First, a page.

CAPE CANAVERAL, Fla. (AP) — The International Space Station accepted a fresh delivery of goods Wednesday.
A private cargo ship launched three days ago from Virginia arrived at the orbiting complex a little after 6:30 a.m. EDT. The station's commander, Steven Swanson, used a giant robot arm to grab onto the Cygnus capsule and its precious load as the craft zoomed 260 miles above northern Libya; the vast expanse of sand provided a backdrop.
"I think everybody's breathing again," Mission Control radioed. "We felt like we were up there with you."
Two hours later, the Cygnus was bolted to the space station for a monthlong visit.
It's the third space station shipment for Orbital Sciences Corp. NASA is paying Orbital Sciences as well as the SpaceX company to haul up supplies.
The Cygnus contains more than 3,000 pounds of food, science experiments, mini-satellites and equipment, as well as outfits designed to resist bacteria and odor. The new gym clothes should keep the exercising astronauts smelling a lot better.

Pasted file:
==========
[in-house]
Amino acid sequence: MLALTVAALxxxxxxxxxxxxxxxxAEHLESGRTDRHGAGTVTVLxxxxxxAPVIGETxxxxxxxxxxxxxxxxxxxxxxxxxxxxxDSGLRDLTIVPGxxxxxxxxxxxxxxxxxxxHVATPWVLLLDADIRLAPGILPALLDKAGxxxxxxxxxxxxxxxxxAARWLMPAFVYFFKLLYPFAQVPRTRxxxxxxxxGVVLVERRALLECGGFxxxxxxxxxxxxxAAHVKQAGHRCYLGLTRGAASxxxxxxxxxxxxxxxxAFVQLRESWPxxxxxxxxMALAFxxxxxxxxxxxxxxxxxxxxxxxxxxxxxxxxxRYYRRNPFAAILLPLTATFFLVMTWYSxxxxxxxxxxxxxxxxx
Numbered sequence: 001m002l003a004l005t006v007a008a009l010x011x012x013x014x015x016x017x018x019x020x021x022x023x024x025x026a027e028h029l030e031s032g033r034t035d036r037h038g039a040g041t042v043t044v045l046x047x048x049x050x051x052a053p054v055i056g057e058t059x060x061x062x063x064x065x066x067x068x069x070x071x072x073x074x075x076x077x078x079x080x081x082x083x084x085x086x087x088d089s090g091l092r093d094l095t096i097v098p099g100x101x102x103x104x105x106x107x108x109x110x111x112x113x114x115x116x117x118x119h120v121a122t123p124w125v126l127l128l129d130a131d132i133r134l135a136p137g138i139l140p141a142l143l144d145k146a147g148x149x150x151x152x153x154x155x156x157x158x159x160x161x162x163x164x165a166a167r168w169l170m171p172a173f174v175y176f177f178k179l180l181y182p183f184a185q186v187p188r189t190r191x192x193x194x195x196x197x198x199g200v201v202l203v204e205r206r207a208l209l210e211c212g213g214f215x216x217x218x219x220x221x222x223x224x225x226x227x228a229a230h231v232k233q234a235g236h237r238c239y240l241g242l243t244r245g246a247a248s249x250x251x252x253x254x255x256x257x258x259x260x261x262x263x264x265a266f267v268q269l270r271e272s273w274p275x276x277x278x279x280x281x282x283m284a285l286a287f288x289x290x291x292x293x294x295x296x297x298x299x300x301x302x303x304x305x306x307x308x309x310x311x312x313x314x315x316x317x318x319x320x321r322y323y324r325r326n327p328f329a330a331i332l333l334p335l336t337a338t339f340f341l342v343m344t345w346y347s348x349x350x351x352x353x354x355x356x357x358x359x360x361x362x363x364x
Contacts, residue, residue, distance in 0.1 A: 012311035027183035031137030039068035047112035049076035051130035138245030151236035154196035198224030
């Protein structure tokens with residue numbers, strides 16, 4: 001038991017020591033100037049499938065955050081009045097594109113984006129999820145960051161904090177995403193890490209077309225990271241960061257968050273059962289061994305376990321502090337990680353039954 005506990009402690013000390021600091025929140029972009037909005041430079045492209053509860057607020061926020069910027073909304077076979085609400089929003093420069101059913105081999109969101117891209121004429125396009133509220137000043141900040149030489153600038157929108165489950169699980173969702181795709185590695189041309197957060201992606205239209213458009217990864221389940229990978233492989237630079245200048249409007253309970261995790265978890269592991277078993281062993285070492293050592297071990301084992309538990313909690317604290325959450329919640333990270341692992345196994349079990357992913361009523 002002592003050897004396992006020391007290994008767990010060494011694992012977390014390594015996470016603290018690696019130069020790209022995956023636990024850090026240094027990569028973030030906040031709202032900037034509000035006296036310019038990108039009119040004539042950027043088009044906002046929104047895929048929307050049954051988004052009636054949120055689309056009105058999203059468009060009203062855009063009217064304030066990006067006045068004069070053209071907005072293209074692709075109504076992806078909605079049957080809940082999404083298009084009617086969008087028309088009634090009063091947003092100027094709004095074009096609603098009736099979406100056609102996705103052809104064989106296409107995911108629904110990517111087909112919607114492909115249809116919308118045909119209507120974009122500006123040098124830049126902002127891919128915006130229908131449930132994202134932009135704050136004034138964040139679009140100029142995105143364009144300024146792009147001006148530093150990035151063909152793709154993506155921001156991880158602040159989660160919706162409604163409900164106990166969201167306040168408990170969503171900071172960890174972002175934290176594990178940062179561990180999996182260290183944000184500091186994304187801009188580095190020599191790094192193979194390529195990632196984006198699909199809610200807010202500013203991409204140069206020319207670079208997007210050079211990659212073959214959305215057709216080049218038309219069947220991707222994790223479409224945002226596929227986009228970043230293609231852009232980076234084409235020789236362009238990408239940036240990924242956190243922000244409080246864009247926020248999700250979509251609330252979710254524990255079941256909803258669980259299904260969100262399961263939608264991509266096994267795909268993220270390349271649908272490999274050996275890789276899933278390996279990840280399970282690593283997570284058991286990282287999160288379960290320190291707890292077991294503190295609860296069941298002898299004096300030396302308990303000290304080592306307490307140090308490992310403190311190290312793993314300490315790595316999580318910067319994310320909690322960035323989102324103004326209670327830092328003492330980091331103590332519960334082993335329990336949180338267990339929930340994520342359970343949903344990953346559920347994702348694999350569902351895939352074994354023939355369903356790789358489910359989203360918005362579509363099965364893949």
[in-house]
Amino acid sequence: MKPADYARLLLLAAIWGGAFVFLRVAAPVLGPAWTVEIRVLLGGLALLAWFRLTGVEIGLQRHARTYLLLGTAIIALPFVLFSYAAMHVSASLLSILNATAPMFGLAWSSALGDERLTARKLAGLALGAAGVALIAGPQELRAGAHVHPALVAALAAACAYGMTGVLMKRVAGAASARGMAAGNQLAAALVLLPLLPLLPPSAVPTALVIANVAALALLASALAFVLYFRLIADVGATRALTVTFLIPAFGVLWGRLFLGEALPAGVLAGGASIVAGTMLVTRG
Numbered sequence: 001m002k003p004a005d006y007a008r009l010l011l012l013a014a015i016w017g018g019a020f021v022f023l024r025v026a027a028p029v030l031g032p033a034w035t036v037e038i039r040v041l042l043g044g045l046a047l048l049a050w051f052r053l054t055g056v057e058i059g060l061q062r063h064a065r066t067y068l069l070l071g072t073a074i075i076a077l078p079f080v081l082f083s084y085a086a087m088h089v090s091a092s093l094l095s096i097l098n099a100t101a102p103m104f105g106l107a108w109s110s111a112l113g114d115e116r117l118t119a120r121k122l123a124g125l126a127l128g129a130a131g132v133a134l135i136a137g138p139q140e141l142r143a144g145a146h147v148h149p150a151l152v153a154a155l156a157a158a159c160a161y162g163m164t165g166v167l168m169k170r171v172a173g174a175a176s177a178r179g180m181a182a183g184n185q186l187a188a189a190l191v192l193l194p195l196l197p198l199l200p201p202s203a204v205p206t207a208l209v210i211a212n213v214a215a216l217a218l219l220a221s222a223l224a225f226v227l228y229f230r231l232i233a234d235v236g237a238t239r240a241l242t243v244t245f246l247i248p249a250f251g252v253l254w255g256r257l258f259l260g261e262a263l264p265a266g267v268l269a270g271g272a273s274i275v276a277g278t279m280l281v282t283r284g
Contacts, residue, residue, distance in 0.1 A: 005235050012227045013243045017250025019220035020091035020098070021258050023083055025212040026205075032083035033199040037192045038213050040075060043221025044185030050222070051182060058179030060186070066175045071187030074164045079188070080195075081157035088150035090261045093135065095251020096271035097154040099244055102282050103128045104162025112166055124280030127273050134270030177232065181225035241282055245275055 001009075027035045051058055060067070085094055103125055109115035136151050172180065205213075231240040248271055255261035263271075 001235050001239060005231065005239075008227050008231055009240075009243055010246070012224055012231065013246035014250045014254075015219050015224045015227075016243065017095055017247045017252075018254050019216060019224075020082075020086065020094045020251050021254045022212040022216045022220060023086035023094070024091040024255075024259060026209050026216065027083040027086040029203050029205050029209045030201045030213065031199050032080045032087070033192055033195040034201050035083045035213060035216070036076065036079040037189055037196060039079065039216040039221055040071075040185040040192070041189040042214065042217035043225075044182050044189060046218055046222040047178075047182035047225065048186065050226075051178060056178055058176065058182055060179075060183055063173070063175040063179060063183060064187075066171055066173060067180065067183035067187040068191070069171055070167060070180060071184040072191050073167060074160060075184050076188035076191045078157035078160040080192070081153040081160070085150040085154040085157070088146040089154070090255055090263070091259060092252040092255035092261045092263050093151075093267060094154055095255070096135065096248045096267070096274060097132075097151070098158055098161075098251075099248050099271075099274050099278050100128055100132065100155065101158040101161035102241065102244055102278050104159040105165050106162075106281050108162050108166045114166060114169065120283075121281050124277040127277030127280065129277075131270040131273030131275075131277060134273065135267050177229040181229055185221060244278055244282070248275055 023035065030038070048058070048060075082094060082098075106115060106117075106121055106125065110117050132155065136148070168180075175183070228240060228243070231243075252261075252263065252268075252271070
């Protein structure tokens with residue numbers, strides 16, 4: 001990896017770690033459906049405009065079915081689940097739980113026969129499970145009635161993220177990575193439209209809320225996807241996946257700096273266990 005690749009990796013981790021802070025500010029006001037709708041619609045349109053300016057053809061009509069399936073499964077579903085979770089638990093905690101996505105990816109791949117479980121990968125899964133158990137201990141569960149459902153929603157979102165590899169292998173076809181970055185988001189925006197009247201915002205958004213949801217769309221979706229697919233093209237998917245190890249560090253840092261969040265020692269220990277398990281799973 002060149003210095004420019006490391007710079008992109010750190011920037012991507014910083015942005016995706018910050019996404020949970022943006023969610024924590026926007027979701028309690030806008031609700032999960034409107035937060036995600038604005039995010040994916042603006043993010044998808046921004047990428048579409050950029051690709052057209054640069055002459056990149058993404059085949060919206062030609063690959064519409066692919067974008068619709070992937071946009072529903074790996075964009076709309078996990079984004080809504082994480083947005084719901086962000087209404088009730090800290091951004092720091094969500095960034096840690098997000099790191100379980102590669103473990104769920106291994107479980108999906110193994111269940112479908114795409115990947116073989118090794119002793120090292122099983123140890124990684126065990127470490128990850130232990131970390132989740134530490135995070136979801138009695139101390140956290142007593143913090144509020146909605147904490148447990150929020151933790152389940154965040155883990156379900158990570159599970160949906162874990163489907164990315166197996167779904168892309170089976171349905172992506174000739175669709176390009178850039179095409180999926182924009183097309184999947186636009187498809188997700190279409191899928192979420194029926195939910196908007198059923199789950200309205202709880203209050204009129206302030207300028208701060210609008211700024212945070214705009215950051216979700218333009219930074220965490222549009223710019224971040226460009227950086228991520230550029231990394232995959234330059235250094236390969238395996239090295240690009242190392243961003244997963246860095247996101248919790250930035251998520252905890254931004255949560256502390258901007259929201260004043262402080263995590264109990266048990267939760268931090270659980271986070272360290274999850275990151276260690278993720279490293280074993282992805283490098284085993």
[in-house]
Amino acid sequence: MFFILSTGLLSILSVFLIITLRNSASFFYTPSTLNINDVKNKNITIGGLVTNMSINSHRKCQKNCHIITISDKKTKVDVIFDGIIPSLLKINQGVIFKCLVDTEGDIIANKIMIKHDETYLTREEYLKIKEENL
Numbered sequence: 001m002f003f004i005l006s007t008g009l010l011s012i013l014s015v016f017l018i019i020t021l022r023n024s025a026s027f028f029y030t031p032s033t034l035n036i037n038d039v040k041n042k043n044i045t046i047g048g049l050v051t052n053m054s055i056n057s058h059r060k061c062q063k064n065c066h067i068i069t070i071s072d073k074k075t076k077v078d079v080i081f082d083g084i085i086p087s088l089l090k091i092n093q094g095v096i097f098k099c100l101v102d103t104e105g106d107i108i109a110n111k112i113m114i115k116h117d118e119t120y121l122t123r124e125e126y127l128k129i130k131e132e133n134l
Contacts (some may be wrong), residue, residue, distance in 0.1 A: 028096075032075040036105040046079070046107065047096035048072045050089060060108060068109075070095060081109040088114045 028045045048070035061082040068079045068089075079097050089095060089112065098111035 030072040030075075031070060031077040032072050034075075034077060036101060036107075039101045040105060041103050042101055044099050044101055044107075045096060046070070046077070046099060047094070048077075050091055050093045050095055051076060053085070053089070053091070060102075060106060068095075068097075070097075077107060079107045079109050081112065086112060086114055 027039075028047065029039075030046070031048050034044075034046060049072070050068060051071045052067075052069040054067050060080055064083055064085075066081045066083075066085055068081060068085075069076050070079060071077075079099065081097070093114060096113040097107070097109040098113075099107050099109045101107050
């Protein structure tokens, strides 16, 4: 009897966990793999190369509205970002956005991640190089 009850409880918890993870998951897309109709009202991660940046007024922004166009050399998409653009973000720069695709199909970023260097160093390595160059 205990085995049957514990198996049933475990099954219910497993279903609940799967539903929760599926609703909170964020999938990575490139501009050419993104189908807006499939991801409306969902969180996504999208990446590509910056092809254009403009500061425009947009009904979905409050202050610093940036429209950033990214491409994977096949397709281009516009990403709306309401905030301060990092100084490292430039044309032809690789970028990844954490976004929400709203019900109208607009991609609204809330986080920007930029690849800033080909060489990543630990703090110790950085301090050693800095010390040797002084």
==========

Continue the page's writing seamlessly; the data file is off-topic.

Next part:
Swanson paid tribute to the late astronaut Janice Voss, who once worked for Orbital Sciences and made five space shuttle flights. The company named this newest Cygnus in her honor.
"We now have a seventh crew member," Swanson said. "Welcome aboard the ISS, Janice."
Mission Control also praised Voss, who died of cancer in 2012 at age 55. She never made it to the space station during her shuttle travels.
Once emptied, the capsule will be loaded with trash and set loose in mid-August for a fiery re-entry.
The Virginia-based Orbital Sciences made its first space station delivery last September. The second occurred in January.
Orbital Sciences: https://www.orbital.com/NewsInfo/MissionUpdates/Orb-2/
CNN's Carol Costello weighs in on the Doritos 'fetus' ad
Heroin: Blame It On America | Human Events
Daniel J. Mitchell - The War against Cash, Part I
Feminists vs. The Super Bowl Commercials | RedState
I suppose we should talk about that Doritos ultrasound ad
Did Travis Haley Have A Negligent Discharge?
Kurt Schlichter - The Case for Donald Trump